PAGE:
growing-lentils

Growing Lentils

Lentils are excellent sources of protein and fiber. They are rich in vitamins and minerals and have a very long shelf life once dried. For these reasons, they have been cultivated as a staple in the human diet for 8000 years. Not only are they good for the body, they're also good for the soil. Legumes fix nitrogen into the soil from the air and feed plants around them.

How to Plant Lentils

Lentils come from the temperate climates around the Mediterranean and in Africa. They are suited to cooler, temperate regions but can also be grown through the winter in the subtropics. Lentils can handle a light frost, but not harsh heat.

Plant lentils directly into well-worked soil 2 weeks before the average last frost in your region. In temperate climates, this is typically in May. Lentil seeds germinate at an ideal temperature of 68°F (20°C). If the soil hasn’t warmed to this temperature, you can start them indoors and transplant them later.

There is no need to work nitrogen into the soil for lentils. These plants actually get their nitrogen from the air through a relationship with rhizobacteria. Over the course of their life, they will actually pump nitrogen-rich nodules into the soil which break down and feed other plants.

Lentil Plant Care

Lentils prefer a well-draining balanced soil pH around 7.0. They thrive in full sunlight but cannot tolerate harsh heat, and they may need shade during hot spells.

They need a small trellis to support their climbing growth. They can be spaced farther apart and allowed to cover the ground although the risk of fungal contamination, disease, and pest damage goes up if not on a trellis.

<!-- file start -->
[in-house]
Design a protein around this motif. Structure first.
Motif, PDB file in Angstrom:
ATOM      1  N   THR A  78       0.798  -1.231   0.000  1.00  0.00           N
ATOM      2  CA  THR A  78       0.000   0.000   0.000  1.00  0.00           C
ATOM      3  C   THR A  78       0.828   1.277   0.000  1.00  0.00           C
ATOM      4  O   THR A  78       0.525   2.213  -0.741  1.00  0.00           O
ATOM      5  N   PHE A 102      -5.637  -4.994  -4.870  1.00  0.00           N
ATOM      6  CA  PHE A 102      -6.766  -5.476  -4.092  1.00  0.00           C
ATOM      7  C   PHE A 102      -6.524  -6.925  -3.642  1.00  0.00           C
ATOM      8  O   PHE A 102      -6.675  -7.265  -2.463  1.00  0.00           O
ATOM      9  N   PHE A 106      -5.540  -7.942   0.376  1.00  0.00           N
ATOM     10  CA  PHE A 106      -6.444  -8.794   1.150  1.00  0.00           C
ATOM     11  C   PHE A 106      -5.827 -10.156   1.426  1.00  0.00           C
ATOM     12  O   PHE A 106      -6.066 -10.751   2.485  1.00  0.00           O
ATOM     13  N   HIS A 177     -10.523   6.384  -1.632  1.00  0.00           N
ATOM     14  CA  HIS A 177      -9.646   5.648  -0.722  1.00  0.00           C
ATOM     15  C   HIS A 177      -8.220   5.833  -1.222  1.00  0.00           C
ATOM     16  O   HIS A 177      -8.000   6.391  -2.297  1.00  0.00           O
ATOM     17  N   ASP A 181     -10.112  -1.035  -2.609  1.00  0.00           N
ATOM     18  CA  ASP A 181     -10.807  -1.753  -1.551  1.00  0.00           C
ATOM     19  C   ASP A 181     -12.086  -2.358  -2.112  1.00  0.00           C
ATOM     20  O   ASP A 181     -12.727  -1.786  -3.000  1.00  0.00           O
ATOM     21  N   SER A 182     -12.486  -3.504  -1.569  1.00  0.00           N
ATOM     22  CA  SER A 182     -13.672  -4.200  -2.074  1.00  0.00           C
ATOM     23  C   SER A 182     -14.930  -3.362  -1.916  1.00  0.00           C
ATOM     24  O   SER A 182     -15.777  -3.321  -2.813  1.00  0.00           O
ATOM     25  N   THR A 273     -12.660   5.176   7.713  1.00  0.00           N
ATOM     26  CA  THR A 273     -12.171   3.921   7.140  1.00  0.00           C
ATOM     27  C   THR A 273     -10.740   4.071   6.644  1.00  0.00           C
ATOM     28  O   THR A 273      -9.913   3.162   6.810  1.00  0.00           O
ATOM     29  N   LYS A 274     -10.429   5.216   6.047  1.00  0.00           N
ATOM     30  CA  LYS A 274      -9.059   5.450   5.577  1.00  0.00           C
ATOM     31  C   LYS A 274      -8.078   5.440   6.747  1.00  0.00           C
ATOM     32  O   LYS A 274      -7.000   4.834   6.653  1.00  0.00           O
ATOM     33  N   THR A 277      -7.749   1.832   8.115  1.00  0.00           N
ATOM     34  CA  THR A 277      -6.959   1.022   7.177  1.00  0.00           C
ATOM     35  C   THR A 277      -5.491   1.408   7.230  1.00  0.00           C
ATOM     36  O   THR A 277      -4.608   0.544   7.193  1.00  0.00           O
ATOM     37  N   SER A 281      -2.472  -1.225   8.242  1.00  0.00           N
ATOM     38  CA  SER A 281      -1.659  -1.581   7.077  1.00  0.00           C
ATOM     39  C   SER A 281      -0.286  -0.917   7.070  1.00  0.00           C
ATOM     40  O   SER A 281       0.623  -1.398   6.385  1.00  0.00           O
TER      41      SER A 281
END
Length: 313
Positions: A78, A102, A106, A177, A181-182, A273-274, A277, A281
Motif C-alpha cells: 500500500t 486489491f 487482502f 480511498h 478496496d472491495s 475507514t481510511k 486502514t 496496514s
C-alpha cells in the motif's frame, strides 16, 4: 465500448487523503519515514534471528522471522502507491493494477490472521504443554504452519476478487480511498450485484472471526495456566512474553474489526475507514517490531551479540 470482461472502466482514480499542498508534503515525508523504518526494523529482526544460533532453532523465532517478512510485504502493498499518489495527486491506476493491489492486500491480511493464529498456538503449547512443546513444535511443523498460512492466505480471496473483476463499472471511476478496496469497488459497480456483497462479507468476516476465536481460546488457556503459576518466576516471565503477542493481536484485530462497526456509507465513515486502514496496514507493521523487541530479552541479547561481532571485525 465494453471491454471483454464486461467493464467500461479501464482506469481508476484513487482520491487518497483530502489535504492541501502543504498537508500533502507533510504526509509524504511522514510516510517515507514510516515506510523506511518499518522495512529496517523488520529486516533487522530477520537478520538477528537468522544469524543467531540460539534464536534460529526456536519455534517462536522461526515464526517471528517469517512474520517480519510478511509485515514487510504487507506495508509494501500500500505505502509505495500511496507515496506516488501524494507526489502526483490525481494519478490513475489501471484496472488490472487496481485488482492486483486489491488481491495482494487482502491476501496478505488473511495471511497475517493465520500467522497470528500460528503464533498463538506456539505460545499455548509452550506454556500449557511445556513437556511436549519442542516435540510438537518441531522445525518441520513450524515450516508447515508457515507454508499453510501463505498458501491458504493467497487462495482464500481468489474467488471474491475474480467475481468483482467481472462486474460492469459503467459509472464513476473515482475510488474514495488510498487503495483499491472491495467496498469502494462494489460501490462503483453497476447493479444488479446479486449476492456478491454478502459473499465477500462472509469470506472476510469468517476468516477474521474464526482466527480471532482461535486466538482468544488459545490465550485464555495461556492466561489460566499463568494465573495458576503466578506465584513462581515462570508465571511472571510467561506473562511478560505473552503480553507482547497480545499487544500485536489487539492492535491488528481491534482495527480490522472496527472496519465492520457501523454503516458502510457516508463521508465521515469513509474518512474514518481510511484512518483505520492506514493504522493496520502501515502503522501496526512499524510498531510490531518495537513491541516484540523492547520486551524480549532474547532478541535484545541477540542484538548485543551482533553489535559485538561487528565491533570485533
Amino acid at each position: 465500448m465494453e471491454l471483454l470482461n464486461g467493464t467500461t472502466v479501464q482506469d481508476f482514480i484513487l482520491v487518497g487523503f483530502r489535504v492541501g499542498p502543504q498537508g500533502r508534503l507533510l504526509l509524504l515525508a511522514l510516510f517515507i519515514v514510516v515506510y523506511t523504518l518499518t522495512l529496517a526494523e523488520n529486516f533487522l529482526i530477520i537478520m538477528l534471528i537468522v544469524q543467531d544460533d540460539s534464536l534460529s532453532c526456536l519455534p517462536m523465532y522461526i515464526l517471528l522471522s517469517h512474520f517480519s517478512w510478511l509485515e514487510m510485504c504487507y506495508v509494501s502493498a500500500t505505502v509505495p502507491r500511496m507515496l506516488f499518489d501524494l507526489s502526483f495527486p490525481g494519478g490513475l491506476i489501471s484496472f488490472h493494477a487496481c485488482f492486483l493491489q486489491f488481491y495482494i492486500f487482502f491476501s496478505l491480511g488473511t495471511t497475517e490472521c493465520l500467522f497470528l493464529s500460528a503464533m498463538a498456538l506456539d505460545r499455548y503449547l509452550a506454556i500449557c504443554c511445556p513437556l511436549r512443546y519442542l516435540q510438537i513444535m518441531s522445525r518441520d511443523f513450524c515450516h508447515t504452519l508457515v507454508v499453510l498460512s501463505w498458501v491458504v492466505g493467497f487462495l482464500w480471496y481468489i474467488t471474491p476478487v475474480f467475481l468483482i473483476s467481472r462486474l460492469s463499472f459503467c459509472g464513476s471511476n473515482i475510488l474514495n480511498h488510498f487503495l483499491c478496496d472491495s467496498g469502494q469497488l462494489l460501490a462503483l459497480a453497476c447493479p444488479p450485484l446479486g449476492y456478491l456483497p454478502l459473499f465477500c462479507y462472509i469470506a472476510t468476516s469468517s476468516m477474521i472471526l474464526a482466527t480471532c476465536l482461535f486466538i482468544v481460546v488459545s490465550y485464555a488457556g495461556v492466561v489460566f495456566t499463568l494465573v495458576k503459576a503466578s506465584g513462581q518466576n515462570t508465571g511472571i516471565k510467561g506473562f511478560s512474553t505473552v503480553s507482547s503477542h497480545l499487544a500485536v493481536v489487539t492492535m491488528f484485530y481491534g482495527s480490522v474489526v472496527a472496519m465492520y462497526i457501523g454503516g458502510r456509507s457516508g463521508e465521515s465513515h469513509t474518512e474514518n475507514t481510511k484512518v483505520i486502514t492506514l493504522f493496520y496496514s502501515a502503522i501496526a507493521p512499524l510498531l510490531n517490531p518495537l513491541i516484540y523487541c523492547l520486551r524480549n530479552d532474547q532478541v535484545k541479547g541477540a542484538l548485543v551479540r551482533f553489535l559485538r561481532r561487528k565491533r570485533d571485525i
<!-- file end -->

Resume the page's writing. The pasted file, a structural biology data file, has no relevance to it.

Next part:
Maintain an even soil moisture content throughout the lifecycle of the plant. When the bean pods begin to brown and dry, stop watering.

Lentil Plant Companions

Lentils make excellent companions to heavy nitrogen using plants like cucumber and tomato. Farmers and gardeners will take advantage of the lentils ability to fix nitrogen by rotating it through their garden beds.

For example, a crop of lentils followed later by a crop of corn will give two harvests from the land and the lentils leave nitrogen nodules in the soil for the corn to gobble up. Some good companions for lentils include:

  • Cucumbers
  • Potatoes
  • Tomatoes
  • Summer Savory

Avoid planting lentils with these plants:

  • Other Legumes
  • Garlic
  • Onions

Pests and Troubleshooting

Lentils are fairly tolerant of most conditions and easy to care for. They can become susceptible to rot and fungus in high humidity climates, so keeping them off the ground in the areas is important.